Gendered Ties: Misreading masculinity
By: Kirsty Webeck
Breaking gender norms by existing as a masculine-of-centre female presents far more challenges to other people than you’d think. It contributes to awkward situations, from enthusiastic thumps on the back from blokey blokes and playful physical flirtation from women (more unnecessary and often unwanted physical contact), to an expectation to take the lead romantically, which often manifests as not only being expected to initiate the date, but also foot the bill. It also often confuses people into thinking I’ll be on board with casual misogyny.
In terms of interactions with women, both on a social level and in a dating capacity, I often find myself being playfully pushed, slapped or hit in some other way, and after much thought have concluded that it must be based on my appearance. I used to have a friend who frequently pushed and hit me in response to my playful banter and I’d watch her in similar situations with our other female friends and note that she never reacted to them in the same way. In fact, she never reacted to males in the same way either. Despite my blatant objections to being pushed around by her, she was incapable of changing the way she interacted with me. We don’t hang out anymore.
Curiously, I’m also often mistaken for someone who’ll want to engage in some light misogynistic banter. This often comes from men and other lesbians. It’s insulting and revolting that anyone would think that based on my short hair and waistcoat I will want to talk about ‘the set on that piece.’ I find it particularly disturbing coming from other women. It’s also an insult to men. My interpretation is that my masculine-of-centre presentation confuses some people into treating me like ‘one of the boys,’ and if I’m ‘one of the boys,’ by default I’m going to want to talk about women in a derogatory way. The vast majority of men I know would never engage in talk like this. In fact, they would shoot conversation like this down in a second. It’s a double-barrelled insult, to me and to men, and it’s just language that I’m completely disinterested in being subjected to.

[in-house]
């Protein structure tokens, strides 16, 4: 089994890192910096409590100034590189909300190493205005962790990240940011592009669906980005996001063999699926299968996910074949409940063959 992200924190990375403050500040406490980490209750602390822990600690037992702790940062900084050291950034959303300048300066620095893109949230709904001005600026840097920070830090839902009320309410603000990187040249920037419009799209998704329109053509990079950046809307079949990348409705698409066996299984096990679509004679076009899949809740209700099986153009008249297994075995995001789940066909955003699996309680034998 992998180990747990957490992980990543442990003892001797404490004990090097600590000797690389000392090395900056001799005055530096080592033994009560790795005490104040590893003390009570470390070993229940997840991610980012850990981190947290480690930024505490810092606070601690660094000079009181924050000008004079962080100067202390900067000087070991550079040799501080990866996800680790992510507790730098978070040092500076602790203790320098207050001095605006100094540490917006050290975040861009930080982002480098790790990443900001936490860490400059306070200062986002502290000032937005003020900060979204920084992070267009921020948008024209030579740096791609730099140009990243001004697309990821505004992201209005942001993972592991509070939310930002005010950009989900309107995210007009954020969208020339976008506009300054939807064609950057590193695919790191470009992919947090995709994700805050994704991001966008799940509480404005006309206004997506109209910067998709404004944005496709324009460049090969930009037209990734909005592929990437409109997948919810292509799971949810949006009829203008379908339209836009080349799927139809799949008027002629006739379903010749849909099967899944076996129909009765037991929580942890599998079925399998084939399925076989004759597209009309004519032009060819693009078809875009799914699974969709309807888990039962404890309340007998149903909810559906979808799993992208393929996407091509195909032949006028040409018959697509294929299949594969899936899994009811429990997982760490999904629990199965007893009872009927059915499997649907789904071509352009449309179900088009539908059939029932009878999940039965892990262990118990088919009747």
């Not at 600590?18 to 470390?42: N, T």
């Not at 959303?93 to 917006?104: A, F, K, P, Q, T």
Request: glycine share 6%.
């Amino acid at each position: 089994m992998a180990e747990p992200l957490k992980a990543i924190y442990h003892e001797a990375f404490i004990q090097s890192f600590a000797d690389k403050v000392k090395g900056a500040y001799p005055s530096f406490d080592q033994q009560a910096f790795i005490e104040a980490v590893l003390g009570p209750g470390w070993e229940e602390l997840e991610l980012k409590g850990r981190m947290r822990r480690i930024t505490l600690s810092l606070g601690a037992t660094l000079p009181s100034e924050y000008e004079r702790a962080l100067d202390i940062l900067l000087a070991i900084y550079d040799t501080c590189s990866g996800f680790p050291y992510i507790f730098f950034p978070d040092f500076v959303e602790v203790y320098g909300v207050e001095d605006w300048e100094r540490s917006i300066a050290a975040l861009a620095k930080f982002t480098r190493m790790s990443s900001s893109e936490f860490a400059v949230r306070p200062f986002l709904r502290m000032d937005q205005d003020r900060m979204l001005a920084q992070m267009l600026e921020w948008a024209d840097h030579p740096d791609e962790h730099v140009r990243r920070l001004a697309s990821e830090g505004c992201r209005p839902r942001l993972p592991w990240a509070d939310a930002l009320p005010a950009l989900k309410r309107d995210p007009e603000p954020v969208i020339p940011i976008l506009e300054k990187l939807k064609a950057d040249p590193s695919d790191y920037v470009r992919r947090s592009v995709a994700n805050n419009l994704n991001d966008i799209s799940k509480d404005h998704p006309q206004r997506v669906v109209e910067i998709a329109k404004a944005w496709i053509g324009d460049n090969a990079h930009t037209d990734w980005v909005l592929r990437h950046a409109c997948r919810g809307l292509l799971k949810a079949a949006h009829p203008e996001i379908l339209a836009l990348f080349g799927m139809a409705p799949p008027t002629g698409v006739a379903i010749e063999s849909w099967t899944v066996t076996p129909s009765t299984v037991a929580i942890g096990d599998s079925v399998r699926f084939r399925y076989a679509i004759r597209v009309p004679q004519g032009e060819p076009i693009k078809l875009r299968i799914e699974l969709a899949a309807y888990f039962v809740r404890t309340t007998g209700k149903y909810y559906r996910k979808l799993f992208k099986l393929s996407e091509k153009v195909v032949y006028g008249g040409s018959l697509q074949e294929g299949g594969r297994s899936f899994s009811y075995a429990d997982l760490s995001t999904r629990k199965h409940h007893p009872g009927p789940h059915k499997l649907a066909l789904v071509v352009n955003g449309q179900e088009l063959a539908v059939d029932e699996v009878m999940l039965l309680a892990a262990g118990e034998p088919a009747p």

Being masculine-of-centre can also be expensive, and not just because it requires keeping an array of shirts and bow ties at the ready. It can be expensive when you’re in the dating scene because it often comes with a passive, unspoken expectation that you’ll pay for dates. This blows my mind. Firstly, because I’m not ‘the man’ in any social situation, least of all on a date, and secondly, because it’s not the 1950s. Even if I were an actual man, aren’t we beyond expecting men to pay for everything and to assume the role of the pursuer? This might say more about the kind of dates I have historically been on than their perception of my gender identity, however, it’s something I’ve encountered far too many times for my appearance not to be a factor. You’ll all be relieved to know that I’ve identified the warning signs, and it’s been some time since I’ve dated someone who has expected me to pay for everything. I still find it fascinating and it goes against everything we strive to do by way of educating people. ‘Which one’s the guy in the relationship?’ (Insert indignant reaction, then go out for lunch and stand idly by while your masculine-of-centre date reaches for their wallet).
It seems that the underlying theme in each example is assumption. It’s assumed that because I ‘look like a boy’ (whatever that means), that I’ll have no objections to talking crudely about breasts, being pushed around and spending my life’s savings courting women. It’s interesting that we still have such strong perceptions of gender roles and that they can be applied to people who don’t even identify as that particular gender. I also find it alarming that there are so many people out there who express themselves through overenthusiastic, unwarranted physical contact. In general, regardless of your perception of someone’s gender identity, I think it’s good practice to be gentle, not to hit people, and to treat everyone as equals (which sometimes means buying someone a coffee or a meal, just because it’s a nice thing to do).
Kirsty is a Melbourne-based comedian and writer with a particular interest in the way old habits die hard when it comes to gendered signs. Follow her on Twitter @KirstArific
Bisexual women and mental health: You must be this queer to enter
Shame, gender and ageing ‘gracefully’: Musings from a 66 yr old androgynous bodybuilder
Archer Asks: Jazz singer and activist, Mama Alto
A woman in the bear community
Skin contact: Respectability, desire and the repression of sexuality
Twink masculinity: The destabilising nature of stereotypes
Sexuality workshops and play spaces lubricated my gender fluidity